Monday, August 29, 2016

Big Deal About Little League

The town I grew up in is all over the news today. Endwell, New York, is the Little League World Series champions, after defeating South Korea 2-1 yesterday in the finals of the annual Williamsport tournament. I have rarely seen this many people in this area put aside their differences for any reason; everybody, it seems, has been quite vocal about their support for the intrepid grade-schoolers.
Including myself. I remember a few years ago filling these page week after week with the exploits of Sabrina's all-star team when she in this age group. And it's easy to root for a bunch of kids; it really is. Especially since they are using their time on stage in the right way--I didn't see any woofing, any egotistical displays, any questionable or objectionable behavior. They are doing us all proud.
There will be some kind of parade today (although I can't imagine where in the area they're going to hold it; it's not like there's a ton of candidates), and I imagine for a week or so there will be banners and signs in the window and all that. And good for them; let them enjoy their time in the sun. It was bittersweet to see on Facebook all the messages coming in from all over the country and the world from people that used to live here in support of their efforts.
Because the key words are "used to live here." I also have a class reunion coming up, and I would say at least half of the people invited don't live in this area any longer. I understand that part of this country's appeal and charm is the freedom to move within it, to pursue your dreams and your destiny rather easily (by contrast, my father had relatives in Italy whose generations have lived on the lower slopes of Vesuvius for at least 400 years). But it also is indicative of an exodus. This area, in the heyday of IBM, Link, and defense contracting, was actually a rather prosperous pocket of New York. That is long gone as a general rule. Endwell and its school district, Maine-Endwell, are about the last redoubts of prosperity in the area, and its prominence in sports on a state and national level is not an accident (its football team set a national record last fall for longest winning streak).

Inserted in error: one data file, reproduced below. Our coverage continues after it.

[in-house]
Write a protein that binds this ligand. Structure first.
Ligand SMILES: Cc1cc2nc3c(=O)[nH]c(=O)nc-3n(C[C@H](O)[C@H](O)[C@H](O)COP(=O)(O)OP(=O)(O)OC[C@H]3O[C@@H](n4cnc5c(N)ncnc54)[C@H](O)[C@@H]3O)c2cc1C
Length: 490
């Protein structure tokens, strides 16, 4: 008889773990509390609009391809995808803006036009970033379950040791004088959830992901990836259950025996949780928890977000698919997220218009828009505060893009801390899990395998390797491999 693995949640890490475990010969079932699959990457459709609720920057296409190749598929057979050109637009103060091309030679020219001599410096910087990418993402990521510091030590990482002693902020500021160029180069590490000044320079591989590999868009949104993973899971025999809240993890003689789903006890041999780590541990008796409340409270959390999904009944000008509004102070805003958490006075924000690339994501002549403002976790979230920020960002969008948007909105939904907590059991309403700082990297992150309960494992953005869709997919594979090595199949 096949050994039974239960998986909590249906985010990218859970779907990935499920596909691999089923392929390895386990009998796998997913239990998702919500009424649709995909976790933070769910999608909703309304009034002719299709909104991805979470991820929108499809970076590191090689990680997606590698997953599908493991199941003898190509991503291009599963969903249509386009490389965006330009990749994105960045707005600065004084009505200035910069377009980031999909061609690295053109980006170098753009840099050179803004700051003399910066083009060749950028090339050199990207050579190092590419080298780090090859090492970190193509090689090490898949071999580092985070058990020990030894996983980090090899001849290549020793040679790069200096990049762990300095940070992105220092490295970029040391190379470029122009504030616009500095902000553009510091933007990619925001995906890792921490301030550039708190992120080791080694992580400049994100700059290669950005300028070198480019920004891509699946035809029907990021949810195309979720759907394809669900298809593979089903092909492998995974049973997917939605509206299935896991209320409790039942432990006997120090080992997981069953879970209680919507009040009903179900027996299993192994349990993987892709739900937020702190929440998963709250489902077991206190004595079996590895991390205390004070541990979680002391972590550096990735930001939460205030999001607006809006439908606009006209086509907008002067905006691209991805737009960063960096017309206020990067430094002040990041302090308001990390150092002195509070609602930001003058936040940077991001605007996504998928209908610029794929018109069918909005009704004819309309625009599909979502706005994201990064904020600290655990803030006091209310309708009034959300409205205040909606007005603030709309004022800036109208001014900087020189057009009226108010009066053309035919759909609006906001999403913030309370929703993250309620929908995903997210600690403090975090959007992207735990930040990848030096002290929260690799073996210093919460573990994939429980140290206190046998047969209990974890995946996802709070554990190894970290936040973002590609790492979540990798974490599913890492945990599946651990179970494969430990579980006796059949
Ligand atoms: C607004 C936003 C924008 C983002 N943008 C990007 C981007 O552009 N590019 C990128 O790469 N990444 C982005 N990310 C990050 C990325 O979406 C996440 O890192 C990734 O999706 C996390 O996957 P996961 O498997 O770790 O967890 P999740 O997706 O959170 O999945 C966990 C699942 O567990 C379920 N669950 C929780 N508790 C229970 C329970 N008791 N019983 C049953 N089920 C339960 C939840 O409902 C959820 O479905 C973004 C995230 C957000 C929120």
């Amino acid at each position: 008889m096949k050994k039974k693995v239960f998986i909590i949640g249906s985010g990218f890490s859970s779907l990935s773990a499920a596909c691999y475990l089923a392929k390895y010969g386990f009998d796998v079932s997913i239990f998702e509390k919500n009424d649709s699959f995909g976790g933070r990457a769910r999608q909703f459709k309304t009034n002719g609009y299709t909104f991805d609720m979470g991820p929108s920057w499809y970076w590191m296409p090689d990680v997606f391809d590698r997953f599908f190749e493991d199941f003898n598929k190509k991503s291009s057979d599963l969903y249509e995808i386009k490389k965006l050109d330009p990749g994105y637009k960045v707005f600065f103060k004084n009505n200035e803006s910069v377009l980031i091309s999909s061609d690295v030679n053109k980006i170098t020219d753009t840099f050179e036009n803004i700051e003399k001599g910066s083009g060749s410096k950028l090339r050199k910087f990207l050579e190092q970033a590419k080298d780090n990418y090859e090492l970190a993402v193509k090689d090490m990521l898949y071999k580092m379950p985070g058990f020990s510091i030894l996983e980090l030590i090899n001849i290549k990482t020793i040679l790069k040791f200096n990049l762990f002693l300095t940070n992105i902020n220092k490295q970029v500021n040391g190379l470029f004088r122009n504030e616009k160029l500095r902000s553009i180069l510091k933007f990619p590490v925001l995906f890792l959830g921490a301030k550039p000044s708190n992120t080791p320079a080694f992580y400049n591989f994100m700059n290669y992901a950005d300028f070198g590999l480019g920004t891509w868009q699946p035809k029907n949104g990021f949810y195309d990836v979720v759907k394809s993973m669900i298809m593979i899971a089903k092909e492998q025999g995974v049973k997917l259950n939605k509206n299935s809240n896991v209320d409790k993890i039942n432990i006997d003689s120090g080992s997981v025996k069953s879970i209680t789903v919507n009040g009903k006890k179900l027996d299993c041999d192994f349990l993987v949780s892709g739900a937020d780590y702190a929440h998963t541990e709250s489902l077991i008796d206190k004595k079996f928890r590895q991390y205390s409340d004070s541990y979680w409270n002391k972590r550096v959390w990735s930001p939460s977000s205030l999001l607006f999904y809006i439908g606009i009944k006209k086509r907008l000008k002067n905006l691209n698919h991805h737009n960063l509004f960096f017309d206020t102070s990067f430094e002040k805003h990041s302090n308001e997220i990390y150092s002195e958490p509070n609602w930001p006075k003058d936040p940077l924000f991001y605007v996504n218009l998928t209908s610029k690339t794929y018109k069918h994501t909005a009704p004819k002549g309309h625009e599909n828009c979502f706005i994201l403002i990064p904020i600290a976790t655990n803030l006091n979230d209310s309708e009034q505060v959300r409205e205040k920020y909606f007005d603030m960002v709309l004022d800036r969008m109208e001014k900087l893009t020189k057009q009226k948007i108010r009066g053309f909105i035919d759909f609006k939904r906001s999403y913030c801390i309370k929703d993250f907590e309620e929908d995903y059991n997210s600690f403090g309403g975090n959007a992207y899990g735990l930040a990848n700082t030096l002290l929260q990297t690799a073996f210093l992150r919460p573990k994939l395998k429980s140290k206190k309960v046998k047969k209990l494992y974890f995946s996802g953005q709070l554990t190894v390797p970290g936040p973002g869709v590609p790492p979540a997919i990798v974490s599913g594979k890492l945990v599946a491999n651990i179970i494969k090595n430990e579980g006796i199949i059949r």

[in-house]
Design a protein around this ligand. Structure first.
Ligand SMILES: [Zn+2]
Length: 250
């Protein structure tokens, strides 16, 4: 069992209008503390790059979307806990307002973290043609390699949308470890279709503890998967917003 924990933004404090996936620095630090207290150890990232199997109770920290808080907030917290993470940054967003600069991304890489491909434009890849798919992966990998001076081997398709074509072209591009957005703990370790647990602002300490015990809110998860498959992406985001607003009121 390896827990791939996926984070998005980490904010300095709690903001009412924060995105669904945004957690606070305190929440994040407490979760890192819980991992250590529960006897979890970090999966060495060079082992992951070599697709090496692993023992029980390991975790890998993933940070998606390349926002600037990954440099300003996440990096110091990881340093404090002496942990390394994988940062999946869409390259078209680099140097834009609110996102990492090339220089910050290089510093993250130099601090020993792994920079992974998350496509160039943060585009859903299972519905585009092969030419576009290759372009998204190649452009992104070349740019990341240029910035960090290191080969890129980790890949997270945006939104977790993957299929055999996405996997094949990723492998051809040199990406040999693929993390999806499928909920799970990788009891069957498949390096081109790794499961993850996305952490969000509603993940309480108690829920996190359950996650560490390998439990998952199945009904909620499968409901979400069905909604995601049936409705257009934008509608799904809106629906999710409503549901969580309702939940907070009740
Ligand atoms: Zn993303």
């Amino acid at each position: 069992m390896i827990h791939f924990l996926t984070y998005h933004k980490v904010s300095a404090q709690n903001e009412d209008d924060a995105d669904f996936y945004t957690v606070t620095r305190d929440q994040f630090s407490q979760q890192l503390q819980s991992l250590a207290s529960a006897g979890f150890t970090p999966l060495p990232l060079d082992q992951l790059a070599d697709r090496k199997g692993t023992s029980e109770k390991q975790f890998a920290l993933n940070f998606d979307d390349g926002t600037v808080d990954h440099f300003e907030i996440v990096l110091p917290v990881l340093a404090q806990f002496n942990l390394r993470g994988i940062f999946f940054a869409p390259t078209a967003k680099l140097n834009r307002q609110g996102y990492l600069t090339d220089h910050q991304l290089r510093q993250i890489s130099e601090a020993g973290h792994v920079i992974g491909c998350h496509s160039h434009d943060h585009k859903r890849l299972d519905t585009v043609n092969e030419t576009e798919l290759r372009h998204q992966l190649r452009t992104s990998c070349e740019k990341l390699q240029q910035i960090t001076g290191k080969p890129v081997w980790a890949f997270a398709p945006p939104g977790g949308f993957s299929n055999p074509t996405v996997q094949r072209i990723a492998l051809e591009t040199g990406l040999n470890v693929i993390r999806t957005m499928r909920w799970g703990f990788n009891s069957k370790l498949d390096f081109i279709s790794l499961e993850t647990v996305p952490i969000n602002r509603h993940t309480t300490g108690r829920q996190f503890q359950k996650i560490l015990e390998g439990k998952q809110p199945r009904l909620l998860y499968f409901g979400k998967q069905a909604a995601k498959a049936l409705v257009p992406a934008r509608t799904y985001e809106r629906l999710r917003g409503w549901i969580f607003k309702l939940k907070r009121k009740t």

And it's even more bittersweet knowing that it's Maine-Endwell in the spotlight. Maine-Endwell used to be the runt brother in the three-school district Town of Union. As a matter of fact, I spent most of my childhood living within the borders of Endwell, but attending Union-Endicott schools because the district lines were drawn in such a way as to funnel most of the prosperous families, at that time, into the U-E district. The success being enjoyed by M-E sports teams now is an echo of the dominance U-E had when I was in school; we won a state football championship, a state baseball championship, and didn't lose a track meet during the time my siblings and I attended, and we came very close on several occasions to winning the state basketball championship. Those are the kind of accomplishments M-E is racking up now. I'm not jealous or complaining; I am just pointing out that the local world has shifted demographically, and that's why it is happening. After all, the actual M-E high school is on Farm to Market Road--and the other side of the road is part of the U-E school district, because at the time the area was populating, that's where the money was.
But the larger point should be, and I'm working my way to saying it, is that ultimately, what separates us should not be as important as what unites us. Housing patterns may change, and demographic shifts occur, but we are still still a part of this area, and it is times like this that show us that pulling together in support of each other is more than possible. If we could pull together like this on larger issues affecting the area--like the heroin epidemic, like the sales tax distribution, like school consolidation--think of what could be accomplished. Everybody in the area feels good when some of our locals make good. If we can hang onto that sentiment just a little while longer, maybe we can pull the entire area out of the tailspin we've been enduring for nearly four decades now.

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